My experiences using the Pimsleur method

I recently penned a comprehensive review of the Pimsleur language learning system and deliberately left out my own personal experiences using their courses to keep it somewhat objective. In this post then, I will share a few stories of how I have used this program in this past.

For the record, I don’t consider myself to be anything special in terms of having an aptitude for languages or foreign accents. People put far too much emphasis on ability. In reality, anyone can master a foreign language. Language is a natural activity for human beings that adult learners simply need to unlock.

What does actually matter then? When it comes to learning languages, your results will overwhelmingly come from a combination of working hard, implementing efficient study techniques and using the best tools available. On the last measure, Pimsleur ranks among the very best language learning tools out there.

Italian: The language that started it all

My first experience with Pimsleur was learning Italian as a teenager. Having found out about Pimsleur via Barry Farber’s fantastic book on language learning, I casually mentioned it to my Mum. My Mum being the amazing person that she is then went and researched it and got me the full Italian course as a surprise.

I was 18 years old at the time so my memory is hazy, but I made rapid progress in a matter of weeks. I remember testing out my new knowledge on an Italian acquaintance and he complimented me on my accent. When I said I’d been learning for just a few weeks, he looked pretty amazed.

I completed all 90 lessons of the course and eventually visited Italy where I attended a language school and worked in a restaurant as a waiter. Fun times for a fresh British teenager! Pimsleur gave me enough to ask directions (important at the time with no smartphones!), engage in basic conversations and generally break the ice with locals. While it wasn’t enough to master the language, Pimsleur gave me a solid foundation from which to build.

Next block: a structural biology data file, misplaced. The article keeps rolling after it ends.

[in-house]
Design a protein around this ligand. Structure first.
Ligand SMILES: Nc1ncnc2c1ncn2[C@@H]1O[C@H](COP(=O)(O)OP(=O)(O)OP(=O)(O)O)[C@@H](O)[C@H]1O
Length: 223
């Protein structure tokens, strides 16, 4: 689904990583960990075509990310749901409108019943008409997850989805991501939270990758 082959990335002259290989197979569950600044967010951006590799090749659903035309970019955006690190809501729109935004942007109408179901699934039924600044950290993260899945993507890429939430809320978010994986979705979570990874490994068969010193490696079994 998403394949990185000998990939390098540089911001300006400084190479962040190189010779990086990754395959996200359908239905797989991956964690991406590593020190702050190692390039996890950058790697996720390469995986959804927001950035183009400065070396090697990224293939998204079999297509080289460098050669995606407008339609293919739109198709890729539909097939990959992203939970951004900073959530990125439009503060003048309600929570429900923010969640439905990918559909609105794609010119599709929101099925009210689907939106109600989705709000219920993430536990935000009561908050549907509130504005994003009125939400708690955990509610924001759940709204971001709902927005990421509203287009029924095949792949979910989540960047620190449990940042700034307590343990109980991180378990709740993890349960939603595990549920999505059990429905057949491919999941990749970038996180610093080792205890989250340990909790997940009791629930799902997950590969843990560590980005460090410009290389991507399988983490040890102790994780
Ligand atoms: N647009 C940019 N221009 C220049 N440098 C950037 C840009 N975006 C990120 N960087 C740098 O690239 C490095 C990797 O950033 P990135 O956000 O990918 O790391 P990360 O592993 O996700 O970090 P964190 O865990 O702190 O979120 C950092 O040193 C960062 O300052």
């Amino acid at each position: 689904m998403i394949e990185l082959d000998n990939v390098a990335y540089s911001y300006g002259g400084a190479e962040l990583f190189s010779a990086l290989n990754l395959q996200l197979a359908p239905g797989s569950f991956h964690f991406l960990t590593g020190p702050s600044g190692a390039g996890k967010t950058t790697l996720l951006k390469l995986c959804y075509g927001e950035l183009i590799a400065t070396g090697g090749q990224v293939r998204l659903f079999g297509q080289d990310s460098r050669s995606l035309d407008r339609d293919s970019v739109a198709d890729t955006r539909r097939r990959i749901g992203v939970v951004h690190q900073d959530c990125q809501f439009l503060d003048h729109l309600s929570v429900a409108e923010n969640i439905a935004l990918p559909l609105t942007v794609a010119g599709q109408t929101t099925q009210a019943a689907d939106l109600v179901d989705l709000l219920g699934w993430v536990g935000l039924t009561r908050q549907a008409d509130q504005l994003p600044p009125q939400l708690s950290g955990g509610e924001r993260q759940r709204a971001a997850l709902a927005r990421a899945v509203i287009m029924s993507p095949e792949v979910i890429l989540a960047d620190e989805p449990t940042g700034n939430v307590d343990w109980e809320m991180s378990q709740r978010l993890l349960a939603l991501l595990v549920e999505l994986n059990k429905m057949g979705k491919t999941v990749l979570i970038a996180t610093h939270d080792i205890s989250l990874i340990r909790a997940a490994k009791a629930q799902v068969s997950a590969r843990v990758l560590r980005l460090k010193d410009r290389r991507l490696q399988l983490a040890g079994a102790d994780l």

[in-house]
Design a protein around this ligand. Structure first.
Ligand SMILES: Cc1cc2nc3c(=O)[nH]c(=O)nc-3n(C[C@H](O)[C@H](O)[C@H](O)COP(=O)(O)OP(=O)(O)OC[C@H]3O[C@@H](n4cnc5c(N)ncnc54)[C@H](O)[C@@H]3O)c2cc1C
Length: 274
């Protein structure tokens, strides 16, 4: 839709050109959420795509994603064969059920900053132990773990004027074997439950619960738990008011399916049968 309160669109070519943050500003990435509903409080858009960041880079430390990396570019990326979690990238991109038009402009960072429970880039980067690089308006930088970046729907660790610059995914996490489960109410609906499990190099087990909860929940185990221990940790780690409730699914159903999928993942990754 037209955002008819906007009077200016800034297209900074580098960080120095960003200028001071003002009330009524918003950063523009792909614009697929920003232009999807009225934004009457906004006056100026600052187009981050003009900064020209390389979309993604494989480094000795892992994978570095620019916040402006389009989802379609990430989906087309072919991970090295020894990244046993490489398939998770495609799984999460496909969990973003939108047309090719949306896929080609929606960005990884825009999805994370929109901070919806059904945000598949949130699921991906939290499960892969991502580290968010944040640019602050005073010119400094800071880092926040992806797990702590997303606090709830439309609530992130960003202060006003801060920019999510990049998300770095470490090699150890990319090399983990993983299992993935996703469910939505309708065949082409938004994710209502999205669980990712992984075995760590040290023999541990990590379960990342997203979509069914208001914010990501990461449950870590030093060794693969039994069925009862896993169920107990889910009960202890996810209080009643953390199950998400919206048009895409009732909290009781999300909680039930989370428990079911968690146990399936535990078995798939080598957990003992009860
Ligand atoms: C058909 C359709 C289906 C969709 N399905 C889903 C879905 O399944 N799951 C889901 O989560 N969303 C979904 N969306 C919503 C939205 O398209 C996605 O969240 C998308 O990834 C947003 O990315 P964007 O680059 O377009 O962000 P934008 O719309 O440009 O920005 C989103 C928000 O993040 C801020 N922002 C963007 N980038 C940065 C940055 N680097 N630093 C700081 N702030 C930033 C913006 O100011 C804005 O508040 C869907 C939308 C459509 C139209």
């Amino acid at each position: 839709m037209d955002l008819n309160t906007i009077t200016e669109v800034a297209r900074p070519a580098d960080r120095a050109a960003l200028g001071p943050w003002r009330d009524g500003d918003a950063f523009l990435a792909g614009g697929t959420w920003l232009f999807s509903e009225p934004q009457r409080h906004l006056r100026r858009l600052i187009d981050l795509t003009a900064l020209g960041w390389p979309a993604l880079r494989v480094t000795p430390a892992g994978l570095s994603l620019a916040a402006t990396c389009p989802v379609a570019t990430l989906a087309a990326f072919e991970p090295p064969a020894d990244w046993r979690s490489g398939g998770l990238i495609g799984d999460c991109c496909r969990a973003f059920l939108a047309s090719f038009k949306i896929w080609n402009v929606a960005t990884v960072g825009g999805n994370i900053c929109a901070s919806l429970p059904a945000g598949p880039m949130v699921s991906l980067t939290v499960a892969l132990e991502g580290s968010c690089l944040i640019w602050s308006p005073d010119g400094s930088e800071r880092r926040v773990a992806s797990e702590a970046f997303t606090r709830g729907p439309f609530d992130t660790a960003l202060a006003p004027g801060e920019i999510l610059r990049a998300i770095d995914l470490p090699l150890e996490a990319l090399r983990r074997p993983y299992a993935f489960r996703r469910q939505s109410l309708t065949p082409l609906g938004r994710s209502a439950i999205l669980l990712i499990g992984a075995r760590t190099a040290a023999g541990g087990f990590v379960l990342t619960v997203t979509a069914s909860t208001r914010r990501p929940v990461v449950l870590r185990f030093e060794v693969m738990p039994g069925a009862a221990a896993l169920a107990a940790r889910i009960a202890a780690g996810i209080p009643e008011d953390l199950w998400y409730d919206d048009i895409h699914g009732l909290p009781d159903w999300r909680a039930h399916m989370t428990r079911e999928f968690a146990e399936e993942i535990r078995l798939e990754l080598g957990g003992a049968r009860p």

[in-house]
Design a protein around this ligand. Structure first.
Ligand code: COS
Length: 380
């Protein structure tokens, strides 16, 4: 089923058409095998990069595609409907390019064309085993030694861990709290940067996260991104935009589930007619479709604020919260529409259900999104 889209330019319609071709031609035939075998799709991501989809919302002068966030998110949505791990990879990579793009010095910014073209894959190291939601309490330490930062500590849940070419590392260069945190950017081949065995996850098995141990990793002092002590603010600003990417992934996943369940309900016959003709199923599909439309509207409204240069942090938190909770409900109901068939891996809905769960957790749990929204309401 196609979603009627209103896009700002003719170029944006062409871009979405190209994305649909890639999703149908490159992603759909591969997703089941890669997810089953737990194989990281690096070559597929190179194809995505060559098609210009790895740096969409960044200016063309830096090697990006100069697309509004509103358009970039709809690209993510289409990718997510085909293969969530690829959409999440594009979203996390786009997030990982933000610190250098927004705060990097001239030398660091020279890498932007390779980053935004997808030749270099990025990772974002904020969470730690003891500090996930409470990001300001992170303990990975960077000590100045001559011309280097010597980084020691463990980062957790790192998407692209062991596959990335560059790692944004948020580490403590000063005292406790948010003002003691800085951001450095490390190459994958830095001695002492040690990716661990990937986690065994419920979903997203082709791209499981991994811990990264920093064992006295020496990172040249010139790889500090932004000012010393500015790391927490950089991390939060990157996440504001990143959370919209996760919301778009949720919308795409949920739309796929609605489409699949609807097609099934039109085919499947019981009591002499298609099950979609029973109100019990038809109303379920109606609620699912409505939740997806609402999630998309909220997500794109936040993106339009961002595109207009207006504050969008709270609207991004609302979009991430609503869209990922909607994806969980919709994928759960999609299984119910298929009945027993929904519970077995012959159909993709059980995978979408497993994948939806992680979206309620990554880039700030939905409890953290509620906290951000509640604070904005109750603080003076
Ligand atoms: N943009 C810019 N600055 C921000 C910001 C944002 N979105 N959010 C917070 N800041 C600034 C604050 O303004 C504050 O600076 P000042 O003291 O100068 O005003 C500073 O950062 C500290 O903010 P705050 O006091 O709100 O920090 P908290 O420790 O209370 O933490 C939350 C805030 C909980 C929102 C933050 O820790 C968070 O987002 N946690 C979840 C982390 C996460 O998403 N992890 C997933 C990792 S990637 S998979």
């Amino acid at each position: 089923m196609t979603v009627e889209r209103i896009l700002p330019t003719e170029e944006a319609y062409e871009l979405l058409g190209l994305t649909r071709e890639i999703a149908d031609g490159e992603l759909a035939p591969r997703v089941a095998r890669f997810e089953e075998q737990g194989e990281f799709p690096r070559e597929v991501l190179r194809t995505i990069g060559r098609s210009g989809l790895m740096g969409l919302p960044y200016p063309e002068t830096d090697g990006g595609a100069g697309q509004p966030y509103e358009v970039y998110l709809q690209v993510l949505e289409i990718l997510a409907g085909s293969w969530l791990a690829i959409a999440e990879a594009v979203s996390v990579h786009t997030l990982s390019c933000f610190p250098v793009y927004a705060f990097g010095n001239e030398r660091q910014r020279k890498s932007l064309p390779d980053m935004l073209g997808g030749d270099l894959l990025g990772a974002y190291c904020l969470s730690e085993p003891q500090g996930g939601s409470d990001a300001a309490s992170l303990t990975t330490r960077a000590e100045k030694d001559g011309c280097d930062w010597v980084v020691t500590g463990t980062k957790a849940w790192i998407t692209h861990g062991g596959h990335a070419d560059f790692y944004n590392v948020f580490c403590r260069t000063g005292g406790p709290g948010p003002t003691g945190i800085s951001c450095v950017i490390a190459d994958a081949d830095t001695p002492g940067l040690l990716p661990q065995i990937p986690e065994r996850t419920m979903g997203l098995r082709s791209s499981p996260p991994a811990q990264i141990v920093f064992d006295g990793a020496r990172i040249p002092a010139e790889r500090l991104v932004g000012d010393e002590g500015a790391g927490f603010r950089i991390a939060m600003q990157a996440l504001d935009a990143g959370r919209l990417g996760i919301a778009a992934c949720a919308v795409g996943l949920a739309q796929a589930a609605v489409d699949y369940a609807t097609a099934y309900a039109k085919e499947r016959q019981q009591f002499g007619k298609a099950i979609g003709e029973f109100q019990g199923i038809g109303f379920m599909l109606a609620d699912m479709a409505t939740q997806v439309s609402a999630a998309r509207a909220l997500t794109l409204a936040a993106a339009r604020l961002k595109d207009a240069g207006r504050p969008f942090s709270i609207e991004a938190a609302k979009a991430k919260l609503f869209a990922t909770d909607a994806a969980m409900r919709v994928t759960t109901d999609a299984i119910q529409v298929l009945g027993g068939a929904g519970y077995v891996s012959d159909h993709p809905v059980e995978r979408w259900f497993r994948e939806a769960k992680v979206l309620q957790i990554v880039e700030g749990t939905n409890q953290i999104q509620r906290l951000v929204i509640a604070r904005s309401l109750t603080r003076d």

Japanese: A strong first impression

I still remember the day well. It was March 2005. The weather was bleak outside. It was one of those cold and dark winter days that England is infamous for. I was feeling nervous because I had a telephone interview that day for a teaching job in Japan. At the appointed time, I made the call and after a few rings, a gruff-sounding voice answered the phone in Japanese:

“Hai. Moshimoshi.” (Hello?)
Oops. Wasn’t expecting this! I wonder if this the right number? I mustered all the Japanese knowledge I had after a month of Pimsleur Japanese.
“S..sumimasen. Shimada san wa irrashaimasuka?” (Erm. Excuse me, is Mr Shimada there?)
“Hai. Watashi desu.” (Yes. Speaking.)
“Watashi wa Rohan desu.” (My name is Rohan.)

Luckily for me, Mr Shimada switched back to speaking English with me after that. With hindsight, however, I must have made a strong first impression because I got the job after an extremely short conversation.

When I arrived in Japan, Mr Shimada warmly greeted me in Japanese. He was surprised to find that my Japanese was, in fact, quite basic. My little bit of Pimsleur knowledge had tricked him! He’d even told my fellow teachers (including Justin, the co-founder of Perapera) that I spoke Japanese very well! We all had a good laugh about that. Of course, I did later go on to become fluent and I now translate Japanese professionally. But Pimsleur gave me my start and I’ll always be thankful for that.

Chinese: Pimsleur made it bearable

Many years later, I also used Pimsleur Chinese when I was starting out in the language. Following the Pimsleur course to get a grasp of the basics destroyed any remaining notion that Chinese is somehow difficult to learn. Once you get past the hype of those “impossible” tones, the spoken language is actually quite easy. My Chinese is still no match for my Japanese, but I can dabble a fair bit in it. You could do worse than giving the Chinese a course a go.

Korean: Where is the third volume?

Korean is a difficult language to pronounce for native speakers of English. I might even argue that it’s harder than Chinese in that respect. The Pimsleur Korean course certainly helps in this aspect. As I mentioned in my full review of Pimsleur, it’s a nice tool for getting the hang of the rudimentary intonation of a foreign language and this applies to Korean too. However, I definitely found myself pausing the tape and rewinding it more often. This probably has more to do with the inherent difficulty of Korean sounds rather than there being anything wrong with the course itself.

I admittedly only tried a small sample of the Korean course as I’ve yet too get too deep into my Korean studies, but it did feel as helpful as the other materials I’d tried. Unfortunately, Pimsleur Korean only goes up to 60 lessons. With the recent increase in interest for learning Korean as a foreign language, I wonder if this situation will change in the future. Chinese now has 150 lessons so let’s hope for some development in this area.

That is all for my experiences using Pimsleur. Overall, it’s a useful resource for any language learner and I would recommend it to anyone starting out with a new foreign language.

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